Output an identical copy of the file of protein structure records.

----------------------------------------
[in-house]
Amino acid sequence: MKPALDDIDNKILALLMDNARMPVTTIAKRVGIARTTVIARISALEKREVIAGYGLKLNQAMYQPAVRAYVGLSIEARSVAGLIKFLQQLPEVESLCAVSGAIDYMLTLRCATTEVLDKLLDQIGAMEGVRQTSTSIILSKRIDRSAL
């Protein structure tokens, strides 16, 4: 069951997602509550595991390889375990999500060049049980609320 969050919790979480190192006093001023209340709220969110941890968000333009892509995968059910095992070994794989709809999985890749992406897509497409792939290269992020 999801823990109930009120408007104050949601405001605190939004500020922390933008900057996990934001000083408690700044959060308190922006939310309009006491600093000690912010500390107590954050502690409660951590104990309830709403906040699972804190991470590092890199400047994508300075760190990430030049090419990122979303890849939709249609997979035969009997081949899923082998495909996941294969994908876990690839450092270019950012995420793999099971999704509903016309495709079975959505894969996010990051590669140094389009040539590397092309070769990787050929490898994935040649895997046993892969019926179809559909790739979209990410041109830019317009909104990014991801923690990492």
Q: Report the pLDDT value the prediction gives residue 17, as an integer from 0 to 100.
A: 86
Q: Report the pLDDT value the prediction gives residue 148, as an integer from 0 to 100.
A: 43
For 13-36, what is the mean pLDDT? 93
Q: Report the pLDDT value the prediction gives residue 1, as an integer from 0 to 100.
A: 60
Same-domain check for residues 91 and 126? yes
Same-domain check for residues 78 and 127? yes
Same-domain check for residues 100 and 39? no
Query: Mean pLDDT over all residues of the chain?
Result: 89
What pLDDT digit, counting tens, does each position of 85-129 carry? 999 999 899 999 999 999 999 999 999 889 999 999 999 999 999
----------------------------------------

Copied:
[in-house]
Amino acid sequence: MKPALDDIDNKILALLMDNARMPVTTIAKRVGIARTTVIARISALEKREVIAGYGLKLNQAMYQPAVRAYVGLSIEARSVAGLIKFLQQLPEVESLCAVSGAIDYMLTLRCATTEVLDKLLDQIGAMEGVRQTSTSIILSKRIDRSAL
């Protein structure tokens, strides 16, 4: 069951997602509550595991390889375990999500060049049980609320 969050919790979480190192006093001023209340709220969110941890968000333009892509995968059910095992070994794989709809999985890749992406897509497409792939290269992020 999801823990109930009120408007104050949601405001605190939004500020922390933008900057996990934001000083408690700044959060308190922006939310309009006491600093000690912010500390107590954050502690409660951590104990309830709403906040699972804190991470590092890199400047994508300075760190990430030049090419990122979303890849939709249609997979035969009997081949899923082998495909996941294969994908876990690839450092270019950012995420793999099971999704509903016309495709079975959505894969996010990051590669140094389009040539590397092309070769990787050929490898994935040649895997046993892969019926179809559909790739979209990410041109830019317009909104990014991801923690990492």
Q: Report the pLDDT value the prediction gives residue 17, as an integer from 0 to 100.
A: 86
Q: Report the pLDDT value the prediction gives residue 148, as an integer from 0 to 100.
A: 43
For 13-36, what is the mean pLDDT? 93
Q: Report the pLDDT value the prediction gives residue 1, as an integer from 0 to 100.
A: 60
Same-domain check for residues 91 and 126? yes
Same-domain check for residues 78 and 127? yes
Same-domain check for residues 100 and 39? no
Query: Mean pLDDT over all residues of the chain?
Result: 89
What pLDDT digit, counting tens, does each position of 85-129 carry? 999 999 899 999 999 999 999 999 999 889 999 999 999 999 999